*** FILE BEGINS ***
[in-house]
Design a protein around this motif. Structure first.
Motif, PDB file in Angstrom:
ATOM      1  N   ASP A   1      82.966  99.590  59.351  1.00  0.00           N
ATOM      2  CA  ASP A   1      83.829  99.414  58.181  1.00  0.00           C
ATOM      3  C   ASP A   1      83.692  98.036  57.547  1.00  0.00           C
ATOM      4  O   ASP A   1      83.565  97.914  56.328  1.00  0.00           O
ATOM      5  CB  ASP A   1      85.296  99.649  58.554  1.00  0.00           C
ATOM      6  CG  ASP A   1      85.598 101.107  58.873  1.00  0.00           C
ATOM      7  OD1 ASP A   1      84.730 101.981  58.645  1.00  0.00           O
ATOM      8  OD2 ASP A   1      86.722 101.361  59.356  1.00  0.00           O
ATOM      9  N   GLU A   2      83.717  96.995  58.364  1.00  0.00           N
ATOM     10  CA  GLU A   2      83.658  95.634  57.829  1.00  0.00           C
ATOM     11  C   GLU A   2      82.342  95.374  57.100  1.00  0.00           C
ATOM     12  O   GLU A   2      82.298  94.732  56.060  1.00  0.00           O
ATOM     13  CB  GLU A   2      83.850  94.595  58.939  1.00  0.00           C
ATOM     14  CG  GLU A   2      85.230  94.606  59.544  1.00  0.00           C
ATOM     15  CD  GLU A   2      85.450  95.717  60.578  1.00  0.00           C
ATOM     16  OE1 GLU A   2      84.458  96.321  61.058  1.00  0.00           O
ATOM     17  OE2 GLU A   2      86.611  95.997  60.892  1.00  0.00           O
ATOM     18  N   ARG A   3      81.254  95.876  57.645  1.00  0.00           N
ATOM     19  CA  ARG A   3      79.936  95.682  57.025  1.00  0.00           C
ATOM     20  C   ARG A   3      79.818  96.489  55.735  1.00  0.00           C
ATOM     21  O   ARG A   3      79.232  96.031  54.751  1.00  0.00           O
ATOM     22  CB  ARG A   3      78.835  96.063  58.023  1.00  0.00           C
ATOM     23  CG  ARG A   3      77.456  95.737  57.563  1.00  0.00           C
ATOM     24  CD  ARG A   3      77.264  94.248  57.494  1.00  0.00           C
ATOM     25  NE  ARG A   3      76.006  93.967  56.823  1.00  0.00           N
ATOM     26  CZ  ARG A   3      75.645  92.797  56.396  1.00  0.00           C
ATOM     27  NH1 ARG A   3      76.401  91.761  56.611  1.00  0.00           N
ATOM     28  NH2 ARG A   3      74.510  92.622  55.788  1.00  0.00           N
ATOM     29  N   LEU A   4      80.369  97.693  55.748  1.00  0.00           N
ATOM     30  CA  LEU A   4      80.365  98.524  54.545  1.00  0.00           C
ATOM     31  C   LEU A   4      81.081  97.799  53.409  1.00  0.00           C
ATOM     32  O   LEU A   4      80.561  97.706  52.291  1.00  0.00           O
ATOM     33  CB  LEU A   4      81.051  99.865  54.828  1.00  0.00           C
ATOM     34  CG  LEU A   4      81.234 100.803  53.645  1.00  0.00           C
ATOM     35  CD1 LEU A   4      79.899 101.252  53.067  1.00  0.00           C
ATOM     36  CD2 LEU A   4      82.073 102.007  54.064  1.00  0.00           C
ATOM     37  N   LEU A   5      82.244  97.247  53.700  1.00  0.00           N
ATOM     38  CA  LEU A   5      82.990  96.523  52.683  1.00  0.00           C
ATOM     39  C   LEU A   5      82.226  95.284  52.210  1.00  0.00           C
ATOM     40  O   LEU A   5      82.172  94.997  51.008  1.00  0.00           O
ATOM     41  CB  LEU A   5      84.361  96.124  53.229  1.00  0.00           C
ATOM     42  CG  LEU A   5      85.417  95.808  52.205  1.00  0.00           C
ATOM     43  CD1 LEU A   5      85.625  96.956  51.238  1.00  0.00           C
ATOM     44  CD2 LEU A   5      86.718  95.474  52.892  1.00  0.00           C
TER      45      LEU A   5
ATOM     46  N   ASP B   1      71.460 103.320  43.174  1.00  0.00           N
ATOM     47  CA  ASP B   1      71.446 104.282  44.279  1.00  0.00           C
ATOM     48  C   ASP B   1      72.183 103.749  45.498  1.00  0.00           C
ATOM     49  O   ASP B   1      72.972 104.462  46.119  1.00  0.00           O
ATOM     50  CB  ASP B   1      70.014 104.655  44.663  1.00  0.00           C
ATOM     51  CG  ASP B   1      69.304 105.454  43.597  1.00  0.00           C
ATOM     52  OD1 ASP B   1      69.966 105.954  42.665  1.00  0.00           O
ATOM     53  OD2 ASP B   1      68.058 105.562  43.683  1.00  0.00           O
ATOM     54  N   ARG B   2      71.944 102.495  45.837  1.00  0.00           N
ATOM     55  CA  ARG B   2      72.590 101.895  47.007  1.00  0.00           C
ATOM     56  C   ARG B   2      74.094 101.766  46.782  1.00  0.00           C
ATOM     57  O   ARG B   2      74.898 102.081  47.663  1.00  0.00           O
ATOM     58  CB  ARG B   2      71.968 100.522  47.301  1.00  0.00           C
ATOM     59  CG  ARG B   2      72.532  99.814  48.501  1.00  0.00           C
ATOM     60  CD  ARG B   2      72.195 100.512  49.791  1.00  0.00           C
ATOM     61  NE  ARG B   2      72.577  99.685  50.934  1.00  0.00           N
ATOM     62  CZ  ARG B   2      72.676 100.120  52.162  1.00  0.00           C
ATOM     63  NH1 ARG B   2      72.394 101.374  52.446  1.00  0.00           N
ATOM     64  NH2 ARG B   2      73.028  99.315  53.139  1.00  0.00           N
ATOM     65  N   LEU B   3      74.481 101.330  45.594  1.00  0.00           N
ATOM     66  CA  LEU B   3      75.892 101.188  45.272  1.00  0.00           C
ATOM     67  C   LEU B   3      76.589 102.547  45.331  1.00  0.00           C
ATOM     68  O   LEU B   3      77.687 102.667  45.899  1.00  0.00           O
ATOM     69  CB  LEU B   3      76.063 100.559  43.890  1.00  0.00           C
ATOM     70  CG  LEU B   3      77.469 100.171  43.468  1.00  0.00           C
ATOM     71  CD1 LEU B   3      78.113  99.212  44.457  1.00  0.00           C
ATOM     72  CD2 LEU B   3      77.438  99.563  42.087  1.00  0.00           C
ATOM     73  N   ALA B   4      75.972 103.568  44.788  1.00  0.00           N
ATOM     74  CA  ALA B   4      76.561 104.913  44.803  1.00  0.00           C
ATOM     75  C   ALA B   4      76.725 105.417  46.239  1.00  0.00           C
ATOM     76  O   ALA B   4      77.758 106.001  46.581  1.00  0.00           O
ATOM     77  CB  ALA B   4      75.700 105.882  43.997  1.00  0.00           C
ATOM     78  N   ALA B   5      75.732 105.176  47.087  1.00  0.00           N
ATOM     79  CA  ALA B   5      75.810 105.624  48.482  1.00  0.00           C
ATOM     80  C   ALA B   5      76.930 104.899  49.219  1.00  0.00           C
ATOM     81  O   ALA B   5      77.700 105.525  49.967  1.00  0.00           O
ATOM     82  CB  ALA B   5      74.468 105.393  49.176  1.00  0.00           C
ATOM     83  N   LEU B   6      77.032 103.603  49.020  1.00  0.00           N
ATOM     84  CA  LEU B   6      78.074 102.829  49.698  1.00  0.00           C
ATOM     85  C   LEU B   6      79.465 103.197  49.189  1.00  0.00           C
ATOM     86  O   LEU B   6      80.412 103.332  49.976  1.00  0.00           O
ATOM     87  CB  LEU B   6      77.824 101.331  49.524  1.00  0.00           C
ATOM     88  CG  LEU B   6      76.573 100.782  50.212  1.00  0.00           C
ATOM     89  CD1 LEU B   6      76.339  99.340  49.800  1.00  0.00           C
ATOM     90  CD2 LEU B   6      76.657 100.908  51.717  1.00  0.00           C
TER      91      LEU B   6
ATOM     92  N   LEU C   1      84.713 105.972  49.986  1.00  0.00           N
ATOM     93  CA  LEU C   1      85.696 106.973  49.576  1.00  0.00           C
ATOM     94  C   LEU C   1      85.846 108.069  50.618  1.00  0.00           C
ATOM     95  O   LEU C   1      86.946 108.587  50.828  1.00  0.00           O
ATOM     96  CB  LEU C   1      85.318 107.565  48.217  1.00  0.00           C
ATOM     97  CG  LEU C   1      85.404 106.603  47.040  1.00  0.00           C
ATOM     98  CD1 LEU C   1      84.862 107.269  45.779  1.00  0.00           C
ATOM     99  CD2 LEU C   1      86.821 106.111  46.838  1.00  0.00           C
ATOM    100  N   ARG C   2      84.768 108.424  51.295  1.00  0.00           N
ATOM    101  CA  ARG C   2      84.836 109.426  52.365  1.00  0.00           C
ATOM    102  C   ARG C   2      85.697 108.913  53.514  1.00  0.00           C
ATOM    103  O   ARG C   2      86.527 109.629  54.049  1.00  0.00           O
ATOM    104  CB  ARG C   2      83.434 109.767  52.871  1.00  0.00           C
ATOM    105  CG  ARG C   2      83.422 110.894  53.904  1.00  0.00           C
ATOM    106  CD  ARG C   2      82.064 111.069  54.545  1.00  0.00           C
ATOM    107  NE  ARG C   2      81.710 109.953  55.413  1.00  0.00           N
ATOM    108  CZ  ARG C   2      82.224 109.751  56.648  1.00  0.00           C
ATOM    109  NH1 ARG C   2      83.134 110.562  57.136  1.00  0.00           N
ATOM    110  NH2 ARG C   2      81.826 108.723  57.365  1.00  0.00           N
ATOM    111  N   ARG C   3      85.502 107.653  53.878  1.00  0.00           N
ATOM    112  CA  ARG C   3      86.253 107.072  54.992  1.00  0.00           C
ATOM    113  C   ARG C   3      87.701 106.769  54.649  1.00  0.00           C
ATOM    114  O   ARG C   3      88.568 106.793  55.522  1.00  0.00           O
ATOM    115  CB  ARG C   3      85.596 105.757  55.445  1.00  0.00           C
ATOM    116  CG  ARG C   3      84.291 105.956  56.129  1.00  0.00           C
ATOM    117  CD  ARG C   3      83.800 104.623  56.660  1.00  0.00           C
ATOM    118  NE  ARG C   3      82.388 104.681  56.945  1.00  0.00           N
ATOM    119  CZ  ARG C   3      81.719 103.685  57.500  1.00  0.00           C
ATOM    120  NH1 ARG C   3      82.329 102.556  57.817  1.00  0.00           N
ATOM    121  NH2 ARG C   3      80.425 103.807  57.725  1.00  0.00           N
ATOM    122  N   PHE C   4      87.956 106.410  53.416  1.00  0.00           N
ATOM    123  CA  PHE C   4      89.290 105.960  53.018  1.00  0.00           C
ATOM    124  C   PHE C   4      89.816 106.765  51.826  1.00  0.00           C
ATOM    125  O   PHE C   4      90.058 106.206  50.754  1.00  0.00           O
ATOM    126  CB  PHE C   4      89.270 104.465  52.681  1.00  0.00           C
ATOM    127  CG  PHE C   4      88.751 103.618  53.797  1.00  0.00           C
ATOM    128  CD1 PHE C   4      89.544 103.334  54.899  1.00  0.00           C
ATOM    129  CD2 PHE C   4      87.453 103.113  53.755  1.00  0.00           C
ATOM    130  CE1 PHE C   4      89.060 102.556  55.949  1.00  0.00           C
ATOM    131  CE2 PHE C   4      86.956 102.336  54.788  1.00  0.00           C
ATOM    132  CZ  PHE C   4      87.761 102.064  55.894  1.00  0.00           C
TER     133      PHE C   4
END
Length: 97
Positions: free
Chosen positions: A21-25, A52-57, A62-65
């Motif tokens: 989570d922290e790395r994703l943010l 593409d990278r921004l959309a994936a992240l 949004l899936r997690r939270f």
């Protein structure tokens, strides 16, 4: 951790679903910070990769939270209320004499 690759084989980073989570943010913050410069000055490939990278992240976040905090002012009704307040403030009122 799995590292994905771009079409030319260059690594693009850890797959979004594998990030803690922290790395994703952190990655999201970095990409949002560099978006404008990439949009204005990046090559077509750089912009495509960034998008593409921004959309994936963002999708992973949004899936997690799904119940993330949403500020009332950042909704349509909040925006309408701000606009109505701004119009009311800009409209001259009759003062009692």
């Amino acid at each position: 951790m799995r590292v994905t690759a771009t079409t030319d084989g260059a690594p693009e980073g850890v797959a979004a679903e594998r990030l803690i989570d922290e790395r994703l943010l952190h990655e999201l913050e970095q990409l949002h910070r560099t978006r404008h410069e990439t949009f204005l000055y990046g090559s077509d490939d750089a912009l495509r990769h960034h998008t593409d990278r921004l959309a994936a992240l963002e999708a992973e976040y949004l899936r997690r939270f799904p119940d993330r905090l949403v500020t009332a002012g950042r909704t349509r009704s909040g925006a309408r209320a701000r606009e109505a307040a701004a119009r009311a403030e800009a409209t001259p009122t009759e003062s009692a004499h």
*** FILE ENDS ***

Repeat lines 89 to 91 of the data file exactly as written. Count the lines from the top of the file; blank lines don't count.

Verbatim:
ATOM     86  O   LEU B   6      80.412 103.332  49.976  1.00  0.00           O
ATOM     87  CB  LEU B   6      77.824 101.331  49.524  1.00  0.00           C
ATOM     88  CG  LEU B   6      76.573 100.782  50.212  1.00  0.00           C